Borah Story

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The Texas Institute for Excellence in Mental Health is a multi-disciplinary collaboration focused on improving the social, emotional, and behavioral health of Texans.

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Elisa V. Borah: Don’t forget military spouses when we think of vets’ care

After more than a decade at war since the Sept. 11 terrorist attacks, we now face an unprecedented challenge in caring for our military service members. Too often, veterans’ spouses and families are left behind.

Because Texas has the second largest veteran population, and will have the largest number by 2019, Texas should set the standard for how we treat veterans’ families.

Exactly how do we do that? In short, we need to address the families’ employment, education and mental health care needs. We must ensure strong and effective community-based programs that are affordable and accessible.

Spouses of veterans do not receive special consideration for employment and education opportunities, yet they deserve these opportunities. Many have delayed higher education or employment, or they have been underemployed, throughout their spouses’ military service because of frequent moves and absences due to training and deployments.

Congress has acknowledged the need for services for veterans’ families but little action has been taken. The House Committee on Veterans’ Affairs discussed changing the model of veteran care in a 2008 congressional hearing where those who testified recommended that care should focus on the whole family. But more than seven years later, not much has changed. So, it’s left up to the states and local communities.

It’s true that Texas has set the bar high by helping veterans with higher education access. The Texas Hazlewood Act provides qualified veterans with up to 150 hours of tuition exemption at public higher education institutions in Texas. But, we fall short for veterans’ spouses and children who only receive these benefits if the veteran died in the line of duty or several other qualifying factors. What Texas should do is extend these benefits to all veterans’ immediate families, regardless of the veteran’s death or disability status.

Moreover, since July, under the Veterans Choice Act, Texas offers in-state tuition and fees to all veterans using the Post-9/11 GI Bill and Montgomery GI Bills. Given the large numbers of veterans’ families who are moving to Texas to resume their education and pursue new careers, this tuition rate should be extended to their spouses and children as well.

Another way the state could help is that the Texas Veterans Commission offers veterans much-needed employment assistance and training, including job matching and referrals. The state should offer these same supports to military spouses and family members.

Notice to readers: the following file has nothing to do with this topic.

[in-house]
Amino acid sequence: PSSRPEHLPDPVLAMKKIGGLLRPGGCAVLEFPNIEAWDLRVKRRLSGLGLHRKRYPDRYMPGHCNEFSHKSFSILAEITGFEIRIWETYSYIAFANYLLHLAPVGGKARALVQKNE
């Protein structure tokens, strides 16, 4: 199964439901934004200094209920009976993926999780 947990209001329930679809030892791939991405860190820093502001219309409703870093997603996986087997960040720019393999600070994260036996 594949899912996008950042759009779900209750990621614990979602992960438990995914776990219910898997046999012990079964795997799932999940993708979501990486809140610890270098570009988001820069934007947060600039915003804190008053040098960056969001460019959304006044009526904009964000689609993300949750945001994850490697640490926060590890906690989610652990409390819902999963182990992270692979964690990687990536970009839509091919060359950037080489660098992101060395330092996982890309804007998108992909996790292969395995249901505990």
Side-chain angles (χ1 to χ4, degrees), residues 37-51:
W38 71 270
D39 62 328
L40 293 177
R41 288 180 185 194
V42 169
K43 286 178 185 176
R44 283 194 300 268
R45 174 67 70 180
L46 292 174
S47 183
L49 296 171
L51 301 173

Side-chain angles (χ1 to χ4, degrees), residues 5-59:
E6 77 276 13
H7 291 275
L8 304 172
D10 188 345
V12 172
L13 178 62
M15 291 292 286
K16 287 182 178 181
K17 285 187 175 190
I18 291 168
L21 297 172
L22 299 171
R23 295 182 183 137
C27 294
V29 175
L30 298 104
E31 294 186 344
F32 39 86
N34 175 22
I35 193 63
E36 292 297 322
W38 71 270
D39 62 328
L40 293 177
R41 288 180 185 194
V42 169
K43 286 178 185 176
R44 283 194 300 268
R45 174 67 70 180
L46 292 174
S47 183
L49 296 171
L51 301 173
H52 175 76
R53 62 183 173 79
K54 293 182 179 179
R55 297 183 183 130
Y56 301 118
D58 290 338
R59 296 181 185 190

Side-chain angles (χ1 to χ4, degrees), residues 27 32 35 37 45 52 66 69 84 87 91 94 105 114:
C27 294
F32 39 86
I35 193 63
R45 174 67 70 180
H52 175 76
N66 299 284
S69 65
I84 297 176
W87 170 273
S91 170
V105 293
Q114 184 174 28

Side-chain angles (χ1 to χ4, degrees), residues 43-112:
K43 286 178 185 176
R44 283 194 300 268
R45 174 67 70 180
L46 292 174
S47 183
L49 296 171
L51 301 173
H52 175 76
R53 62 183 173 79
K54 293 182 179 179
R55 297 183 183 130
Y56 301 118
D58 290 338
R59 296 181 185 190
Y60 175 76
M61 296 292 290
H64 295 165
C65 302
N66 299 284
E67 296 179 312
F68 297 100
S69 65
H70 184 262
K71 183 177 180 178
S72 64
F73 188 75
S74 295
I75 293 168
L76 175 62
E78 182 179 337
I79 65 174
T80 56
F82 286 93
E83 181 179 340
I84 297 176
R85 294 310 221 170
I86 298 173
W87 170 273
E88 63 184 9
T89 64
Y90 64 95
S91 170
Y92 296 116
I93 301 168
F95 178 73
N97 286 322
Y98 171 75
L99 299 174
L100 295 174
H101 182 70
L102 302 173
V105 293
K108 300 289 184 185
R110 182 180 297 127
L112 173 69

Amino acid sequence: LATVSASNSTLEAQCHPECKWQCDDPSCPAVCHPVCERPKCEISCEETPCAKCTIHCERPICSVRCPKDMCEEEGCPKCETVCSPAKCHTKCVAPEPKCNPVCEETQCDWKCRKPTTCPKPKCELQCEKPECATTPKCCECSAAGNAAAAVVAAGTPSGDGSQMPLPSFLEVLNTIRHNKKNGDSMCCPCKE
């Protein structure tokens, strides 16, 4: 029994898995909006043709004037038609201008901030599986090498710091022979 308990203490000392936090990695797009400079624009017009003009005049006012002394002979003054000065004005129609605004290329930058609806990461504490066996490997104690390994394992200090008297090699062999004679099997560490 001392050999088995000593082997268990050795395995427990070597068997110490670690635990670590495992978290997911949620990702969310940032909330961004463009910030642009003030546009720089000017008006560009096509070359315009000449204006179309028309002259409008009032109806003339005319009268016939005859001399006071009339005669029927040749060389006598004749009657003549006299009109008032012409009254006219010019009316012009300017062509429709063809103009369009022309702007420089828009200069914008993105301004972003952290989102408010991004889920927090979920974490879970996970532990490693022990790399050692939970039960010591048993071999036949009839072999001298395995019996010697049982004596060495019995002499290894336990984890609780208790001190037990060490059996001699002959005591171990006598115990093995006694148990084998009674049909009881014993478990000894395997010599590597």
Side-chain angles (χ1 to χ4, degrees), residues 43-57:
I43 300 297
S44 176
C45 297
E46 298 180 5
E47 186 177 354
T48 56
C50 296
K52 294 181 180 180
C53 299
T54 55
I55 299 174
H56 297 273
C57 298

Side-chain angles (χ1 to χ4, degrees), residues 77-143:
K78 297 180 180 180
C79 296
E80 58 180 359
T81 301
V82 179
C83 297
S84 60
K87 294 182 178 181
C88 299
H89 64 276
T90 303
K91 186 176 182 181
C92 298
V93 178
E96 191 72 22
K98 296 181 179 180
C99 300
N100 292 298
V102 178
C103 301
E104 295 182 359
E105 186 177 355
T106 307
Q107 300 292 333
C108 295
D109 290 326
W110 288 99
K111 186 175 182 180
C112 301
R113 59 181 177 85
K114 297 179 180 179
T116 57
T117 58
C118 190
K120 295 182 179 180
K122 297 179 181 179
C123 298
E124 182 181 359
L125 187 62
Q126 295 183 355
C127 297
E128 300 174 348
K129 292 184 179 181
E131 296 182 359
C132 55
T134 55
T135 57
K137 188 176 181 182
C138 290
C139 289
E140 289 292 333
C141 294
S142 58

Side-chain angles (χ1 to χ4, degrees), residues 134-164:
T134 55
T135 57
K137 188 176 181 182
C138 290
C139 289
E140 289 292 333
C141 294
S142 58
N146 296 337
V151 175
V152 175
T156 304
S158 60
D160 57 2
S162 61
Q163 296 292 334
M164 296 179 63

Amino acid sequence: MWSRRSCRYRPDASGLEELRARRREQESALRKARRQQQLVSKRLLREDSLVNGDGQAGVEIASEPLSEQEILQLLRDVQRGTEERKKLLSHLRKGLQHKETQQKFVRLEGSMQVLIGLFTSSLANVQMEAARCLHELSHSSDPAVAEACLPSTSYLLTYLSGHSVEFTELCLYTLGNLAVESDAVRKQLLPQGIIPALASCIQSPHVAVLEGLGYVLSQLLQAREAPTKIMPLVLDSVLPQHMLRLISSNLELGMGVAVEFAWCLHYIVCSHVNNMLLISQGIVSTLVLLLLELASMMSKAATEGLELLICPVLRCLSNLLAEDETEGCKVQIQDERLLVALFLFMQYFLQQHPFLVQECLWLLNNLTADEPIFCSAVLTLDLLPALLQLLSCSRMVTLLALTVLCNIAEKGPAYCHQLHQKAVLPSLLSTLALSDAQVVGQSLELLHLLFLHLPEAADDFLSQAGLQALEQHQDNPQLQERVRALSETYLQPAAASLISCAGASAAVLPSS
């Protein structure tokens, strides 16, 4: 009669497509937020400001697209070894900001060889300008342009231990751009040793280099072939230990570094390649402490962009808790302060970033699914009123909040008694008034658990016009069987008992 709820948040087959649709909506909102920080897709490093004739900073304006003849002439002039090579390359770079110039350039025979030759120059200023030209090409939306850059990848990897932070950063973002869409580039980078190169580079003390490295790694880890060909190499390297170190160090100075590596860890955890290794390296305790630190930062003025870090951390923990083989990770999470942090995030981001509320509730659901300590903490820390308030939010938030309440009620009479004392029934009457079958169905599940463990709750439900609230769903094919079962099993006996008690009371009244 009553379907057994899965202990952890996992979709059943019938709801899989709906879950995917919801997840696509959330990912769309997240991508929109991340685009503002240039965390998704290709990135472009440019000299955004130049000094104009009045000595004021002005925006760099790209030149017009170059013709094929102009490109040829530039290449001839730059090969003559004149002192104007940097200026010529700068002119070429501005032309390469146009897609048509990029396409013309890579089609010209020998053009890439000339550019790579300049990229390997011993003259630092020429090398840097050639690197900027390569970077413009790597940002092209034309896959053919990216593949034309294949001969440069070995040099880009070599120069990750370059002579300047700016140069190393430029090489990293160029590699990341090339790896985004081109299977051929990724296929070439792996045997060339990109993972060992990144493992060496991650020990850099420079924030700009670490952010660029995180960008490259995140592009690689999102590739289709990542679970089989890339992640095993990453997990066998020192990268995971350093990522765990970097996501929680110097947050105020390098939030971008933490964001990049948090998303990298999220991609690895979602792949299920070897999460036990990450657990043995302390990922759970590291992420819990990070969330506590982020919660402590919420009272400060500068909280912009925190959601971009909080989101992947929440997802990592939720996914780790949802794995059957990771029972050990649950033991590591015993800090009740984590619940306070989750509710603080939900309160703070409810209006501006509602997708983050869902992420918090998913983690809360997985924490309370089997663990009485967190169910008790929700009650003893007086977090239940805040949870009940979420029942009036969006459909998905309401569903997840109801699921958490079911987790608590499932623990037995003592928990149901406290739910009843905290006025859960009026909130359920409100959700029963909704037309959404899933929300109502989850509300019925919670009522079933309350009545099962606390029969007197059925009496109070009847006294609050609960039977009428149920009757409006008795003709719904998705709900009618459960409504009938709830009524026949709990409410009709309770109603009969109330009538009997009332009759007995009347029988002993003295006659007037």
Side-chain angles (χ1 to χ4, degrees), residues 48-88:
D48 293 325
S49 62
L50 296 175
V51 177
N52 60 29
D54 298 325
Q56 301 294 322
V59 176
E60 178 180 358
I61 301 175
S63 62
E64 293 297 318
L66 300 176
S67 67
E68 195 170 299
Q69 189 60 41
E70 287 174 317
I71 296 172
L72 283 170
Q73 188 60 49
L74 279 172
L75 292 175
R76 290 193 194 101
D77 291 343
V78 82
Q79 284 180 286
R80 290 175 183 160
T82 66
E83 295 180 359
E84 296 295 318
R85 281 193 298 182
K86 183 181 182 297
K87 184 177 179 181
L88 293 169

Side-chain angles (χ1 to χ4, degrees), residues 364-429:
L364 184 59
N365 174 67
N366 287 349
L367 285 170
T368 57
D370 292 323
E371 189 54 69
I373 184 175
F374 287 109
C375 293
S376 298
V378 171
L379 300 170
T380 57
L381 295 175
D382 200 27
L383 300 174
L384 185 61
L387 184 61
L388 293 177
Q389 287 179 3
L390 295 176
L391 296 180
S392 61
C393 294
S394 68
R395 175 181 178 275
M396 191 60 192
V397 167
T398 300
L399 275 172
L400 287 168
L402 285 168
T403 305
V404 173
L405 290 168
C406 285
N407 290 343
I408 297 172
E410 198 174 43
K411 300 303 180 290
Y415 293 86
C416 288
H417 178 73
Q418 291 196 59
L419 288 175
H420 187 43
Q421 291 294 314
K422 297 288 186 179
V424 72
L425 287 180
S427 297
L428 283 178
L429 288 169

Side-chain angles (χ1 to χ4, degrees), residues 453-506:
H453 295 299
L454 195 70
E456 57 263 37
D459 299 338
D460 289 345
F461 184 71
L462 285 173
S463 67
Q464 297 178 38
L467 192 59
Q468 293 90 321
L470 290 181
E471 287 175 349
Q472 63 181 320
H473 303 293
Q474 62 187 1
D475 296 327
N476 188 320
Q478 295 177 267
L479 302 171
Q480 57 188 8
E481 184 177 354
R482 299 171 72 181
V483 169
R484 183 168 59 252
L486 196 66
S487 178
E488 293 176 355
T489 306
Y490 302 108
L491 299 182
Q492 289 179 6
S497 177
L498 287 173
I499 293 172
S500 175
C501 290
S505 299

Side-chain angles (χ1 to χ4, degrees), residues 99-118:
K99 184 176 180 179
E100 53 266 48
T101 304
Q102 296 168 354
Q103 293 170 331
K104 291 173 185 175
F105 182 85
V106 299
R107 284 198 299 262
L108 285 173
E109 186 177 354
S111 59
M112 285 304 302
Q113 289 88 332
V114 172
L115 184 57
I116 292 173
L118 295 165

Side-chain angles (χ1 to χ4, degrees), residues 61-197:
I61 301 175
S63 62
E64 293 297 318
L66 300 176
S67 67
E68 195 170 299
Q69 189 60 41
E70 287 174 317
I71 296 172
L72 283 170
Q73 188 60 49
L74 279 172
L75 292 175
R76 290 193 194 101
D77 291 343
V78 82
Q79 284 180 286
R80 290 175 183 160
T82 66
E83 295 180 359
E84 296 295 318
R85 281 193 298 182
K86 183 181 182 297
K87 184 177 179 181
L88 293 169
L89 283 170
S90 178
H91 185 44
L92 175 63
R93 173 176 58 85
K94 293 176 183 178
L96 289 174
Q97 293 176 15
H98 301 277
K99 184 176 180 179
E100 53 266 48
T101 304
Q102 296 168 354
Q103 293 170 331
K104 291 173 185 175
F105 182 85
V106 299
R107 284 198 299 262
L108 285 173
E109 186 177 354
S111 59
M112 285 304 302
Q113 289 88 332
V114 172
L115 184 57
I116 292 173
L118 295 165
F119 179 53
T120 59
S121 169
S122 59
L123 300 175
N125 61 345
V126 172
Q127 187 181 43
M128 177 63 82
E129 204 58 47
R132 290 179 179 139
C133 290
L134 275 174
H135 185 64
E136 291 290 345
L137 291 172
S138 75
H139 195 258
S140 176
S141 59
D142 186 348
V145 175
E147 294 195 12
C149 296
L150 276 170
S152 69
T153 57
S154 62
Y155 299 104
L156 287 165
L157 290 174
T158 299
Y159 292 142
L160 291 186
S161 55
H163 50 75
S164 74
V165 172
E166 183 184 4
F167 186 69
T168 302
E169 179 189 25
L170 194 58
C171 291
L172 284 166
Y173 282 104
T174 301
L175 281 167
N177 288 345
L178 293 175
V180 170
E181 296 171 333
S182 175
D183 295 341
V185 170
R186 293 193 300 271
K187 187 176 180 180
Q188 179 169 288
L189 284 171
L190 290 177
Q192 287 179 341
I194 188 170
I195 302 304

Texas can also do much more to serve the mental health needs of its veterans’ families. State funding for veterans’ mental health services has increased in recent years, but Texas legislators should also advocate for additional funding for the families’ mental health care. This funding should not be a “carve out” from nonmilitary populations.

To meet increasing numbers of veterans’ and their family members’ care needs, mental health practitioners will need to retool to ensure they are skilled in practices and treatments that meet the specific needs of service members’ families. They must become adept in military cultural competency.

The Texas Department of State Health Services has begun to enhance veteran mental health programs through the creation of programs such as the Military Veteran Peer Network. It trains veterans who have recovered from similar health concerns to offer “peer support” to those in need, and to help them access mental health care from veteran-friendly clinicians. Programs such as this were developed primarily to support veterans, but they can and should expand to better assist their families. This is a good first step and communities should organize around developing appropriate resources and building networks that address the families’ needs.

A much stronger and broader response by Texas communities is needed to embrace military families for their service and sacrifice. Broad-based community support is sorely needed locally and at the state level to welcome home military spouses and family members. Many have made significant sacrifices, and need support to recover and rebuild.

We simply have to do more for military spouses and families when we think of veterans’ care.

Elisa V. Borah is a research associate in the Texas Institute for Excellence in Mental Health at the University of Texas at Austin. Reach her at

View the column here. 

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